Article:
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Coaching in Context: Exploring Conditions That Shape Instructional Coaching Practice


by Maggie Quinn Hannan & Jennifer Lin Russell - 2020

Background/Context: The literature shows that one constant in coaching is the high degree of variation in coach roles and contexts, suggesting that understanding coaching practice requires that we also understand the role structures and organizational conditions that shape coaches’ work. Research on both instructional coaching and instructional change is increasingly attending to the organizational and social factors that shape, facilitate, and constrain the web of interactions that coaching work comprises. Past research points to the complex systems and social networks that shape critical elements of coaching practice, emphasizing the interdependency of organizational processes and the critical importance of considering not only the outcomes of implementation, but also the contextual factors that shape them.

Purpose/Objective/Research Question/Focus of Study: Given that multilayered social, technical, and organizational factors shape the practice and impact of instructional coaching, understanding the combinations of factors that are most consequential is key for both policy implementation and instructional coaching research. Consequently, understanding coaching requires attending to specific practices, the structural contexts in which those practices are embedded, and varied implementation processes across system levels and diverse school districts. Therefore, we built this study on the foundational idea that coaching work inherently and continuously interacts with the complex systems in which it takes place and that understanding and analyzing coaching requires attending to the organizational and social structures that shape it. Accordingly, this paper focuses on the following research question: What contextual conditions facilitate and constrain coaching, and why?

Research Design: To understand the interactions between coaching work and these many social and technical factors, we investigated how a group of coaches implemented a mathematics coaching model, focusing specifically on the relationship between coaching contexts and coaching practice. Our case-focused, mixed-methods approach, which included both qualitative comparative analysis (QCA) and case-study methods, allowed us to explore the interrelationships between coaching and the system conditions that shape, enable, and constrain instructional change.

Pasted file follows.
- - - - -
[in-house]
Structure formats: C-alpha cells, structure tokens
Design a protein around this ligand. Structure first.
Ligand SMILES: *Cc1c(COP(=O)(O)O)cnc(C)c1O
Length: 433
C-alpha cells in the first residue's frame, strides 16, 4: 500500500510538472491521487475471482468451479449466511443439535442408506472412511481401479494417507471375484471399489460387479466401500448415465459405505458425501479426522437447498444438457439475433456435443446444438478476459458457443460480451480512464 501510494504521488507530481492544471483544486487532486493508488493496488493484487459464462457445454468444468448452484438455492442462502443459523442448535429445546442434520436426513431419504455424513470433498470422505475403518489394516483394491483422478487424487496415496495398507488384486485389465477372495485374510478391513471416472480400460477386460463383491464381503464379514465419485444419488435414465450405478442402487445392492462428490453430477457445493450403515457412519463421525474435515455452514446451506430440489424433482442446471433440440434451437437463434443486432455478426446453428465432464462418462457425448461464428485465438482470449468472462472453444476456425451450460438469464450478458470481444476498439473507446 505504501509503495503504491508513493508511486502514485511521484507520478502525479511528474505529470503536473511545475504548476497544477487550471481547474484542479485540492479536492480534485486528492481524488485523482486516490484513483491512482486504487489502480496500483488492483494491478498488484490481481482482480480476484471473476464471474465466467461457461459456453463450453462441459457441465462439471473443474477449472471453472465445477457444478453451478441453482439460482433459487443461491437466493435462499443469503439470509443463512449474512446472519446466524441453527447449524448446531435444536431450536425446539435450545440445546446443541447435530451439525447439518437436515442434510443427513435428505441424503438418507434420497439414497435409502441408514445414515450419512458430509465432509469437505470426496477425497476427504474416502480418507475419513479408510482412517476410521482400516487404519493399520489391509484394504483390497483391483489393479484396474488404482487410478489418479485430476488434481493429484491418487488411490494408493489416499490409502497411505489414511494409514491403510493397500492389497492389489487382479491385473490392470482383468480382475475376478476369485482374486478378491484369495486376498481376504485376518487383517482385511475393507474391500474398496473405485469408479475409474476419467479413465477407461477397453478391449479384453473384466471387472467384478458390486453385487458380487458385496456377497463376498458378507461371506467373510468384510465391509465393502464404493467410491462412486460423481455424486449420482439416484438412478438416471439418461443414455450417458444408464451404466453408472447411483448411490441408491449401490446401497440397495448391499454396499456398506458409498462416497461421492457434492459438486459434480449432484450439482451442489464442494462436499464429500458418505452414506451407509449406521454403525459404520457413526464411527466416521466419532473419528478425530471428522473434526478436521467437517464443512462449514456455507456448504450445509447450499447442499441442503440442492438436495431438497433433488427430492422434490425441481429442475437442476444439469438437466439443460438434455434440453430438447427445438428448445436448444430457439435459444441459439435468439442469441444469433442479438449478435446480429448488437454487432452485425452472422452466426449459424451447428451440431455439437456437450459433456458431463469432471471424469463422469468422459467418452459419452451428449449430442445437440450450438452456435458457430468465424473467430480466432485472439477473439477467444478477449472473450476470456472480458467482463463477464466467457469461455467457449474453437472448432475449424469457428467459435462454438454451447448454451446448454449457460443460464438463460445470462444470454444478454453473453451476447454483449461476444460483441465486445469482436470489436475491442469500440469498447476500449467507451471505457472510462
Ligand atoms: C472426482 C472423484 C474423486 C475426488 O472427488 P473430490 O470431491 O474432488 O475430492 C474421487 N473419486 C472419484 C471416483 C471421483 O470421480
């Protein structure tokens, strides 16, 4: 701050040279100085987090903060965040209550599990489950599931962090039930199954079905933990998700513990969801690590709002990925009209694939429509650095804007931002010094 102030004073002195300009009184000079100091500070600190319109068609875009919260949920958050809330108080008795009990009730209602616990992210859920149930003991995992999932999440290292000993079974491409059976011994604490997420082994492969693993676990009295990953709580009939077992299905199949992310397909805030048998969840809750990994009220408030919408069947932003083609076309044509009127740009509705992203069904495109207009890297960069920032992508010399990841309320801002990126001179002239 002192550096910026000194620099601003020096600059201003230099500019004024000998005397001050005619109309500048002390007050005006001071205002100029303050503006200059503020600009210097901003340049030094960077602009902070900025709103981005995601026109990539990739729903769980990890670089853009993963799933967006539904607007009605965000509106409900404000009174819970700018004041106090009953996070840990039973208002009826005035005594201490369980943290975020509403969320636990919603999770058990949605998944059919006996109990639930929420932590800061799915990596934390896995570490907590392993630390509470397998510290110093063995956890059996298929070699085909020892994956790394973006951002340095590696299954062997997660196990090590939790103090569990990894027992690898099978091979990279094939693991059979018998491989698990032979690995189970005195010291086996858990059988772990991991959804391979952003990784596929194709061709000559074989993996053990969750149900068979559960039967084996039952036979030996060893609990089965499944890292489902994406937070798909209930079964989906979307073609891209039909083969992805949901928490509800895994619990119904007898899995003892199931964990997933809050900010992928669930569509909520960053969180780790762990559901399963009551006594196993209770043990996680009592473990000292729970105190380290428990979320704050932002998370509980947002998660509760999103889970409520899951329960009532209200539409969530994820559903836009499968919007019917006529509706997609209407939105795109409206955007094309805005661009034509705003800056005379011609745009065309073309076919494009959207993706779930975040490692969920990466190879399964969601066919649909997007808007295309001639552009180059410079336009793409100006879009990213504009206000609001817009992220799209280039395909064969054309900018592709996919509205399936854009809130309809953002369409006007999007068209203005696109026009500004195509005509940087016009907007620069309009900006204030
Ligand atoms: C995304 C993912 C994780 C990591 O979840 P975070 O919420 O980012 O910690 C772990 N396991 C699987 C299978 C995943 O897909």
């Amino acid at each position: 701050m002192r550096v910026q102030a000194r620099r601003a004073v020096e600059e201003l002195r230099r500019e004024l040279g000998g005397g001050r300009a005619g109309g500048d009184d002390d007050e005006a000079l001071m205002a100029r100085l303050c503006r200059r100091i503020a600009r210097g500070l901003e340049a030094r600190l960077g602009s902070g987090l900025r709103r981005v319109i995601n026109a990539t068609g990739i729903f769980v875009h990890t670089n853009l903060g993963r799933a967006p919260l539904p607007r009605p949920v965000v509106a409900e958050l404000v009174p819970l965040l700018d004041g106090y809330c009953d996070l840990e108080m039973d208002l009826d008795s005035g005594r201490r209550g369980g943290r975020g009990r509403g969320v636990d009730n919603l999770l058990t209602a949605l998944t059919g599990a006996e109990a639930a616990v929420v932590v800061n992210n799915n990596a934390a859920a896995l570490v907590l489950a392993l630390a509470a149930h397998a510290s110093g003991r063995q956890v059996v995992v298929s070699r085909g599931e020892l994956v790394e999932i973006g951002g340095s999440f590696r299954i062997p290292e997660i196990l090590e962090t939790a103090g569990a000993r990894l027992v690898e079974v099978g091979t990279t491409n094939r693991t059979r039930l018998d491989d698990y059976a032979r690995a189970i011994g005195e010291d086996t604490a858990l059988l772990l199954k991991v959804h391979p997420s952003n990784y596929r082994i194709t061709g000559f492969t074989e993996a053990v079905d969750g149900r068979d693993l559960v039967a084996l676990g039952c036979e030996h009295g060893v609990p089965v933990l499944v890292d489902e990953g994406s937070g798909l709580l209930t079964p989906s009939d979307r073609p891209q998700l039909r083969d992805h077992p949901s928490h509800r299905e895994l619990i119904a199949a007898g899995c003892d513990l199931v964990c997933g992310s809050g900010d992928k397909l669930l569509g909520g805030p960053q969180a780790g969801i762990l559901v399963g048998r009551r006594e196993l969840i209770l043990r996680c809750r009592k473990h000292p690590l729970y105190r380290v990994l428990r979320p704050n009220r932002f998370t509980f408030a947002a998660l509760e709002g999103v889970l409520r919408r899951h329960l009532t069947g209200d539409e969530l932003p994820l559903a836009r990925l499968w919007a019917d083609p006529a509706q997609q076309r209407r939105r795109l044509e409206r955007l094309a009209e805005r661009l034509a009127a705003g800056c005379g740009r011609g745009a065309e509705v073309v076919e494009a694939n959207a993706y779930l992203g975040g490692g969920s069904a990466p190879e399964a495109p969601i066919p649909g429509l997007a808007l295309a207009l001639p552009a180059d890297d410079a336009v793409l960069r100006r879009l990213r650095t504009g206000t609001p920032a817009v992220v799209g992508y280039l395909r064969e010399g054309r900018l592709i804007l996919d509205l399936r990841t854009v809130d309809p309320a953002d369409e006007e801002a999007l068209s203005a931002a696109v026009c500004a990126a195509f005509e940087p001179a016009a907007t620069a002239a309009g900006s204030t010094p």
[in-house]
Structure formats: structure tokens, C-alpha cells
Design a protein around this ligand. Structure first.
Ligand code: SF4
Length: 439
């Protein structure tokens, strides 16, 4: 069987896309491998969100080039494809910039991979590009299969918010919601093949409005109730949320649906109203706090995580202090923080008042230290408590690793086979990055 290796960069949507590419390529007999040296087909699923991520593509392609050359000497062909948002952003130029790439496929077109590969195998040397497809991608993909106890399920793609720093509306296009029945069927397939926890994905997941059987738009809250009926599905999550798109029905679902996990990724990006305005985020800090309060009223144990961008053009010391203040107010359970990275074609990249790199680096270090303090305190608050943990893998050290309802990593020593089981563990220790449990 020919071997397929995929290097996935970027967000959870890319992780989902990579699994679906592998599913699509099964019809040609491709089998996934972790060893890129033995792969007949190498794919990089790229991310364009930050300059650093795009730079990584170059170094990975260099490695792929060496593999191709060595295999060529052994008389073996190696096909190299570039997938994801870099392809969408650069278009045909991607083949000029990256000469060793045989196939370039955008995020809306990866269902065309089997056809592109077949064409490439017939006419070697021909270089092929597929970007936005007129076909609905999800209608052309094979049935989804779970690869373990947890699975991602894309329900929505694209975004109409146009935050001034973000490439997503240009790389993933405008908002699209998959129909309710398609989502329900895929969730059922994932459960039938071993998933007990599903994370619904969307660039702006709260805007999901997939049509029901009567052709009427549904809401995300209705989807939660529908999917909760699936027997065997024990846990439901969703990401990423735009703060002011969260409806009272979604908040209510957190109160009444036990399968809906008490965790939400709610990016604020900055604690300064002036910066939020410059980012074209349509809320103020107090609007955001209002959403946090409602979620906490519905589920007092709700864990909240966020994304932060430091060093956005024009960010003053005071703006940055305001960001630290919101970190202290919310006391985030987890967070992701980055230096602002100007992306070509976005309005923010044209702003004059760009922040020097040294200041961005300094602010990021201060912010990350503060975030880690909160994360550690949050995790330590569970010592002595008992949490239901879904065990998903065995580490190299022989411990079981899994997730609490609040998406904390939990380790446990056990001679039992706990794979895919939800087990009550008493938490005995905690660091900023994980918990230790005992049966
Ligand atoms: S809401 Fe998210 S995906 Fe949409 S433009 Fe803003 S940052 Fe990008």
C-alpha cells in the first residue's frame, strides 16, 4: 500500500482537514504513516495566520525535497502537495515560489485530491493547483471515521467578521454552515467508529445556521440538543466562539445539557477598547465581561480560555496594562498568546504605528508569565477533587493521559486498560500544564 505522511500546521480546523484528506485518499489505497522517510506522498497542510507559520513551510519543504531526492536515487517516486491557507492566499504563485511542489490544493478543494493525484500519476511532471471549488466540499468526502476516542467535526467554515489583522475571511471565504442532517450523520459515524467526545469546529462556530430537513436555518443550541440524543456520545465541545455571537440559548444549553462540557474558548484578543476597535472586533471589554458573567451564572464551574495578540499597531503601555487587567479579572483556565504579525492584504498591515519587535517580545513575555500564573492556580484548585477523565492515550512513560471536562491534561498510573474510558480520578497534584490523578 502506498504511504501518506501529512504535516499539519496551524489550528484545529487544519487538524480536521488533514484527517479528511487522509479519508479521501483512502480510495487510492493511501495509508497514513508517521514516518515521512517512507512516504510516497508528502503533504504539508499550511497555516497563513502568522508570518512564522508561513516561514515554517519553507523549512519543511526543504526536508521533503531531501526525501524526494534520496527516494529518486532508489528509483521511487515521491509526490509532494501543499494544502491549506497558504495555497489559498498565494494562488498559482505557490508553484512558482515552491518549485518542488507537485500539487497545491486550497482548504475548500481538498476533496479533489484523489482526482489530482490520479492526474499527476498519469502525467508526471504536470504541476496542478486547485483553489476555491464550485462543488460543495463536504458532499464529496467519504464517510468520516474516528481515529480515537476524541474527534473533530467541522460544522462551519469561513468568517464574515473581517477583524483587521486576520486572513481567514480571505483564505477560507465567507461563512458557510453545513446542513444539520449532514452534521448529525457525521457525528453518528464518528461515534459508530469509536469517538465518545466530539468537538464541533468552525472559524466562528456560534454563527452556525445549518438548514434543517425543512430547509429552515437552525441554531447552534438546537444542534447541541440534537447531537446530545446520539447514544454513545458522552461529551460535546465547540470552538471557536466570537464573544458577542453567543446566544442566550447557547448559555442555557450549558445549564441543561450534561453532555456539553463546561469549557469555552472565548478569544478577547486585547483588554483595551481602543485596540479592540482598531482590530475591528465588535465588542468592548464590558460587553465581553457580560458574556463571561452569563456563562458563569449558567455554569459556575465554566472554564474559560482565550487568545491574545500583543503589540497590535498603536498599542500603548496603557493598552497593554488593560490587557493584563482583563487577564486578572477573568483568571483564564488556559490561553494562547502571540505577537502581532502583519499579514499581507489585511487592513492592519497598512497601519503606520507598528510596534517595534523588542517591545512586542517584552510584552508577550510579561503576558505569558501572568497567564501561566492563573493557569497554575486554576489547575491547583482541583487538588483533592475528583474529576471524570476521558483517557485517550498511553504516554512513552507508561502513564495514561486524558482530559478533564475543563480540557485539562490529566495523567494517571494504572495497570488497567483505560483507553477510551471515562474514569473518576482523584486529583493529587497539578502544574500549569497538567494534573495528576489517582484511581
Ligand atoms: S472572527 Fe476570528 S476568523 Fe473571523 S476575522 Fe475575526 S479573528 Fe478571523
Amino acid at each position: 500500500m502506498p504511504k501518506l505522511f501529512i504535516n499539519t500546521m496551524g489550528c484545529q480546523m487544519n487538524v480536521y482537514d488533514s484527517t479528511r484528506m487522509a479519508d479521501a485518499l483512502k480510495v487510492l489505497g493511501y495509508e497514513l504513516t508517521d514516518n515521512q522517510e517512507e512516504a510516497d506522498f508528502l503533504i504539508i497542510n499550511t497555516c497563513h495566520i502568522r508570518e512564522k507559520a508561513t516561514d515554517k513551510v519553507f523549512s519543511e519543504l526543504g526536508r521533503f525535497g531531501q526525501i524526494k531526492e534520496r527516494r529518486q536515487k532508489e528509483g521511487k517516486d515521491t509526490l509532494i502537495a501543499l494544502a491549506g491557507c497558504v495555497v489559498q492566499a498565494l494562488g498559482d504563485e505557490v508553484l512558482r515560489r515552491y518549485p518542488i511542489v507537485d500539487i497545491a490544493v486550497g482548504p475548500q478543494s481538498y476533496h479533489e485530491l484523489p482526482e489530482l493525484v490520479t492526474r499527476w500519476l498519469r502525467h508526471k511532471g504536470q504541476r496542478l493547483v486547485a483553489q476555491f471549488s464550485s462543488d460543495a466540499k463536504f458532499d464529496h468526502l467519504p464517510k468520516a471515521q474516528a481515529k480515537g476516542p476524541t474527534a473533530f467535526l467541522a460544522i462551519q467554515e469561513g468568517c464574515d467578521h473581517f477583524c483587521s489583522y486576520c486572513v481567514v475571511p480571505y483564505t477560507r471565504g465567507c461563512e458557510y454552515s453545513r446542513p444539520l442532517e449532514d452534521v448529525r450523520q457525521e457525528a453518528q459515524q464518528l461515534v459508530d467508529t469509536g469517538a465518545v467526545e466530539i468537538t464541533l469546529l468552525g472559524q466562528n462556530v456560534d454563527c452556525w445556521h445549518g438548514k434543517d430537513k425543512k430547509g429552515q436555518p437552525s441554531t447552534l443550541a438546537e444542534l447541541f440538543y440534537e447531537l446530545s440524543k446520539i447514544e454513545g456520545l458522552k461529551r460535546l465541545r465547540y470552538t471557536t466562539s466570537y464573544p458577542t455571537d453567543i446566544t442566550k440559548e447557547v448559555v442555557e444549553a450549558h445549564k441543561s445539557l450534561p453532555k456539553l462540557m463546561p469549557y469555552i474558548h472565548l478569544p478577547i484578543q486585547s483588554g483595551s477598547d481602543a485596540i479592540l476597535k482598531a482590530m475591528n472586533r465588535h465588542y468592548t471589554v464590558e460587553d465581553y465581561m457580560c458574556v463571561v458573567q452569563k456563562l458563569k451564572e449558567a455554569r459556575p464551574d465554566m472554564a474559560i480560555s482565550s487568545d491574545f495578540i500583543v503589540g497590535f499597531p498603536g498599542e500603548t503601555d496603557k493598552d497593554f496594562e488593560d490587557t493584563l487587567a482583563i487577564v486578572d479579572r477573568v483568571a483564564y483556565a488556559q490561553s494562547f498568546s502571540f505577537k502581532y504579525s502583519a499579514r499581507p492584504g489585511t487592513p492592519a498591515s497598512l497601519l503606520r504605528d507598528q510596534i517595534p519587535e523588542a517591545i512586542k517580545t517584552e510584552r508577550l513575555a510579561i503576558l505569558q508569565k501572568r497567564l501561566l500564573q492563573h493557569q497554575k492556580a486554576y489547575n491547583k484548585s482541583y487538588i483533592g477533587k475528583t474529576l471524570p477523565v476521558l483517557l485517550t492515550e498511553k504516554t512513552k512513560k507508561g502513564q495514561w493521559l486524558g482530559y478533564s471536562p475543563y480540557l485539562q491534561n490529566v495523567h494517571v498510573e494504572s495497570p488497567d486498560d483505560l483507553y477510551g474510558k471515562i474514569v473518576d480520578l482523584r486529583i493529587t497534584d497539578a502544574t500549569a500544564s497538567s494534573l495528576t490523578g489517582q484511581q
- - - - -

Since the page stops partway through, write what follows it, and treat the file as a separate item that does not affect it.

Conclusions/Recommendations: Our findings support the argument that coaching cannot be extricated from the surrounding system factors that shape it. On the contrary, we found that supports for and barriers to robust coaching practice are context-specific phenomena, suggesting that any coaching intervention ought to be tailored to its specific organizational location. Accordingly, we argue that different combinations of contributing factors can affect coaching in different ways, thereby contributing to the theory that a nested-systems perspective on instructional coaching is key to understanding its effects.



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Cite This Article as: Teachers College Record Volume 122 Number 10, 2020, p. 1-40
https://www.tcrecord.org ID Number: 23438, Date Accessed: 11/28/2020 3:12:03 AM

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About the Author
  • Maggie Quinn Hannan
    Carnegie Mellon University
    E-mail Author
    MAGGIE QUINN HANNAN, Ph.D., is the associate director for K–12 in Carnegie Mellon’s Simon Initiative. She earned her doctorate at the University of Pittsburgh’s Learning Research and Development Center (LRDC). Her research focuses on scaling educational change, large-scale collaborative improvement efforts, and fostering equity in educational technology.
  • Jennifer Lin Russell
    University of Pittsburgh
    E-mail Author
    JENNIFER LIN RUSSELL, Ph.D., is an associate professor in the School of Education and a Research Scientist at the Learning Research and Development Center (LRDC) at the University of Pittsburgh. Her research examines policy and other educational improvement initiatives through an organizational perspective.
 
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